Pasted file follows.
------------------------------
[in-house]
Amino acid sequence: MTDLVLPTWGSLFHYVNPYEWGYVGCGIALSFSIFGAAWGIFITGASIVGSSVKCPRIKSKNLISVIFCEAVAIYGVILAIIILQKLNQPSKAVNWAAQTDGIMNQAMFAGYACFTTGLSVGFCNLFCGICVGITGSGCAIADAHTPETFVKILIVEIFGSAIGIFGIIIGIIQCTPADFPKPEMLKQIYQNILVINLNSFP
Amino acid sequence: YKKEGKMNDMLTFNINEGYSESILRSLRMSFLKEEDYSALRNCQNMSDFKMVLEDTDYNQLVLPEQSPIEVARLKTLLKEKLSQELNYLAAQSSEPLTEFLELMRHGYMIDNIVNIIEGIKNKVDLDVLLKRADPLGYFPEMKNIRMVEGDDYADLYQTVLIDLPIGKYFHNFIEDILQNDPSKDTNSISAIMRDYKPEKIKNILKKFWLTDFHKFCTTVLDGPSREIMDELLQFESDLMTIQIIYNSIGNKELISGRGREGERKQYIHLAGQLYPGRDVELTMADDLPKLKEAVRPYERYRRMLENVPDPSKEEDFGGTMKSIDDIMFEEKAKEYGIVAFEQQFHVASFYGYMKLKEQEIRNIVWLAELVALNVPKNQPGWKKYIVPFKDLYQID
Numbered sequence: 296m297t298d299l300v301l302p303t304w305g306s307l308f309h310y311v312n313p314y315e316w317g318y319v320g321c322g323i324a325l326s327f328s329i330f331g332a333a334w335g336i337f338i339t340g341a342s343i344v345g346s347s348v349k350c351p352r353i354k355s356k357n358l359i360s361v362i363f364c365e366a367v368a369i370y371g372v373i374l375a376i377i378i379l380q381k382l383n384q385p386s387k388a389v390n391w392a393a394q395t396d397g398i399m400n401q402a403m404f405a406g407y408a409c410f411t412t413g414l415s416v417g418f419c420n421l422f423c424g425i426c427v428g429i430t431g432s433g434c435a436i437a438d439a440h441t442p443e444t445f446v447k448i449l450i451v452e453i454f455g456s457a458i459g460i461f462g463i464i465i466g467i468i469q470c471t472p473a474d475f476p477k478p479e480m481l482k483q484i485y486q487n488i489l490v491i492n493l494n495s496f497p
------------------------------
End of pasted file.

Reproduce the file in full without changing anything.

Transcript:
[in-house]
Amino acid sequence: MTDLVLPTWGSLFHYVNPYEWGYVGCGIALSFSIFGAAWGIFITGASIVGSSVKCPRIKSKNLISVIFCEAVAIYGVILAIIILQKLNQPSKAVNWAAQTDGIMNQAMFAGYACFTTGLSVGFCNLFCGICVGITGSGCAIADAHTPETFVKILIVEIFGSAIGIFGIIIGIIQCTPADFPKPEMLKQIYQNILVINLNSFP
Amino acid sequence: YKKEGKMNDMLTFNINEGYSESILRSLRMSFLKEEDYSALRNCQNMSDFKMVLEDTDYNQLVLPEQSPIEVARLKTLLKEKLSQELNYLAAQSSEPLTEFLELMRHGYMIDNIVNIIEGIKNKVDLDVLLKRADPLGYFPEMKNIRMVEGDDYADLYQTVLIDLPIGKYFHNFIEDILQNDPSKDTNSISAIMRDYKPEKIKNILKKFWLTDFHKFCTTVLDGPSREIMDELLQFESDLMTIQIIYNSIGNKELISGRGREGERKQYIHLAGQLYPGRDVELTMADDLPKLKEAVRPYERYRRMLENVPDPSKEEDFGGTMKSIDDIMFEEKAKEYGIVAFEQQFHVASFYGYMKLKEQEIRNIVWLAELVALNVPKNQPGWKKYIVPFKDLYQID
Numbered sequence: 296m297t298d299l300v301l302p303t304w305g306s307l308f309h310y311v312n313p314y315e316w317g318y319v320g321c322g323i324a325l326s327f328s329i330f331g332a333a334w335g336i337f338i339t340g341a342s343i344v345g346s347s348v349k350c351p352r353i354k355s356k357n358l359i360s361v362i363f364c365e366a367v368a369i370y371g372v373i374l375a376i377i378i379l380q381k382l383n384q385p386s387k388a389v390n391w392a393a394q395t396d397g398i399m400n401q402a403m404f405a406g407y408a409c410f411t412t413g414l415s416v417g418f419c420n421l422f423c424g425i426c427v428g429i430t431g432s433g434c435a436i437a438d439a440h441t442p443e444t445f446v447k448i449l450i451v452e453i454f455g456s457a458i459g460i461f462g463i464i465i466g467i468i469q470c471t472p473a474d475f476p477k478p479e480m481l482k483q484i485y486q487n488i489l490v491i492n493l494n495s496f497p